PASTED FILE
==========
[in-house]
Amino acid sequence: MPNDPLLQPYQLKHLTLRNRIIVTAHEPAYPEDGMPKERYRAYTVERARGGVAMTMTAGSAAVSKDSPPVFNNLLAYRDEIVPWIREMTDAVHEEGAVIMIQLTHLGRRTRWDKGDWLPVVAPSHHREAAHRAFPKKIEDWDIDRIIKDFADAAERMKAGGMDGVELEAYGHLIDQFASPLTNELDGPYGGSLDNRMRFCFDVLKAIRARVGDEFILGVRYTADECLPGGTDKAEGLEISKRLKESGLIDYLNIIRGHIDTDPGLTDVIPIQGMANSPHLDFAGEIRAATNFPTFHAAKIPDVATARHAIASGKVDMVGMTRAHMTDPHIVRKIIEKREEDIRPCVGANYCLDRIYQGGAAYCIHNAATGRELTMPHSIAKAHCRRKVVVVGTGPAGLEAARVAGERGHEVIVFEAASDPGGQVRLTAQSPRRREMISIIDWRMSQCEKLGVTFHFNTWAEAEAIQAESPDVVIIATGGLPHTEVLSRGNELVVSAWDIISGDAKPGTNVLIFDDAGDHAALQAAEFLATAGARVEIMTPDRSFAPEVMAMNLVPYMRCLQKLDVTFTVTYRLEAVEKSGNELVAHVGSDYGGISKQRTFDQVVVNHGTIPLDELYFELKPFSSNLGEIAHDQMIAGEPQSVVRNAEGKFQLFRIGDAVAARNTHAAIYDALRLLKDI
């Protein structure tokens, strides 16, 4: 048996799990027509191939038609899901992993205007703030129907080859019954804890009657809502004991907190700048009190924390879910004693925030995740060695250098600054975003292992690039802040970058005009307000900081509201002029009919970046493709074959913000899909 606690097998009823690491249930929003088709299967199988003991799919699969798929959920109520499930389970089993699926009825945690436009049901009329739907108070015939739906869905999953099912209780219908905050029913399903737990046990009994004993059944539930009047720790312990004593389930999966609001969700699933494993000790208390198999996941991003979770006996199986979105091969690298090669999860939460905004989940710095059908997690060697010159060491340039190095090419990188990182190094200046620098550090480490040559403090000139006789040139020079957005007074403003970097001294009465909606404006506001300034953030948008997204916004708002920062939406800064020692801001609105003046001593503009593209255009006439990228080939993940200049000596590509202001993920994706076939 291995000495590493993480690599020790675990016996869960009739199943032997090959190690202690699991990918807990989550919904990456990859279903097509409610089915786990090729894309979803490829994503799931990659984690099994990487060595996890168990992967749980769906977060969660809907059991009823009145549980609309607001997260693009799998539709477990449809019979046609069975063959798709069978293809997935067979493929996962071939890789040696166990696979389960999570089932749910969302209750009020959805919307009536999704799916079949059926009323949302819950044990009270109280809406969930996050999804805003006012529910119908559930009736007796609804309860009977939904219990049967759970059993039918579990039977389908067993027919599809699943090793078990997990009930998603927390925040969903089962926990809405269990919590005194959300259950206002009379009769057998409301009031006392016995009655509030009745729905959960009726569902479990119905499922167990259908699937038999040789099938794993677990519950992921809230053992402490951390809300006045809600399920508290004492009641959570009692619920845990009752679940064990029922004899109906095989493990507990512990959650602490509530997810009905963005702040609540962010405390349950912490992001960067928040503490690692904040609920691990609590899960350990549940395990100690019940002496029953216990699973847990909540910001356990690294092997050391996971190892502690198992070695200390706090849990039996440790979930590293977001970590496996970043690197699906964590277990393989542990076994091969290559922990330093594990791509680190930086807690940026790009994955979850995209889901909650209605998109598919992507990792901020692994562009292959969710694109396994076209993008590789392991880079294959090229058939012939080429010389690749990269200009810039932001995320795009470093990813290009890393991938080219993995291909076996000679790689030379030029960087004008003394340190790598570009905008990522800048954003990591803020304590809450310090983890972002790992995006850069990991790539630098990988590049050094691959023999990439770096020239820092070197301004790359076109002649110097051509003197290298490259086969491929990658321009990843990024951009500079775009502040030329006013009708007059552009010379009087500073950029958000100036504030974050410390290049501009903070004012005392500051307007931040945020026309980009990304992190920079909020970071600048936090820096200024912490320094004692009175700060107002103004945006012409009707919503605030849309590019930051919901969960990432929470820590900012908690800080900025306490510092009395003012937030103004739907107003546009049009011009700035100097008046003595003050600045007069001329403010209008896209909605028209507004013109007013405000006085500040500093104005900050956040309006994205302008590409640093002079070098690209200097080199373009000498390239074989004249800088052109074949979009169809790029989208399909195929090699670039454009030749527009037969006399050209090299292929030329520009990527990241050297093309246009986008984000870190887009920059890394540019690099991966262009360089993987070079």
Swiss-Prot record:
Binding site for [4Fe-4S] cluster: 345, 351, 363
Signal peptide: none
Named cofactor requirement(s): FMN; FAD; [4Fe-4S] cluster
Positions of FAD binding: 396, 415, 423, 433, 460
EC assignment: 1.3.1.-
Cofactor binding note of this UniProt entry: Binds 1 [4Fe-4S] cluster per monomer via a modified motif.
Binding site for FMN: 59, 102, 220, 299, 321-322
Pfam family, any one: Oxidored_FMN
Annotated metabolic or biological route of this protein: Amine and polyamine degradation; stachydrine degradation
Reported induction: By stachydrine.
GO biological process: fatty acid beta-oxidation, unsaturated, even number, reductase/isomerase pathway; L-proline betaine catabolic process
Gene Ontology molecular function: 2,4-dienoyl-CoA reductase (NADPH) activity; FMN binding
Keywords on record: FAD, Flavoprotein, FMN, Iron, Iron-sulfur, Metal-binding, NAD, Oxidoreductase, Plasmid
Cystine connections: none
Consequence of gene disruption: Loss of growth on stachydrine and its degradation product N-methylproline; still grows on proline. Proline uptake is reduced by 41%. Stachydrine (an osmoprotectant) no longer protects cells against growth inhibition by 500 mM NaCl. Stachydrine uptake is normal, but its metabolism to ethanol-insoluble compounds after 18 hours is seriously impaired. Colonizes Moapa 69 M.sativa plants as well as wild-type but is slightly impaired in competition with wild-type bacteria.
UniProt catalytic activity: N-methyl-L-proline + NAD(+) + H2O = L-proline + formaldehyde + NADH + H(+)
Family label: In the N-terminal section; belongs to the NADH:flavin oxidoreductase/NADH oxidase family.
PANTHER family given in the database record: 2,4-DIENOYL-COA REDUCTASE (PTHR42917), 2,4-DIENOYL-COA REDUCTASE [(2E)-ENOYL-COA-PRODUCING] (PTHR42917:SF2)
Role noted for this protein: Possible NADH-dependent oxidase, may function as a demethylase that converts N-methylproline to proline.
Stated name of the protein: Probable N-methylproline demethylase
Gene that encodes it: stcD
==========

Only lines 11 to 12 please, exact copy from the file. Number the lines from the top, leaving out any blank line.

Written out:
Binding site for FMN: 59, 102, 220, 299, 321-322
Pfam family, any one: Oxidored_FMN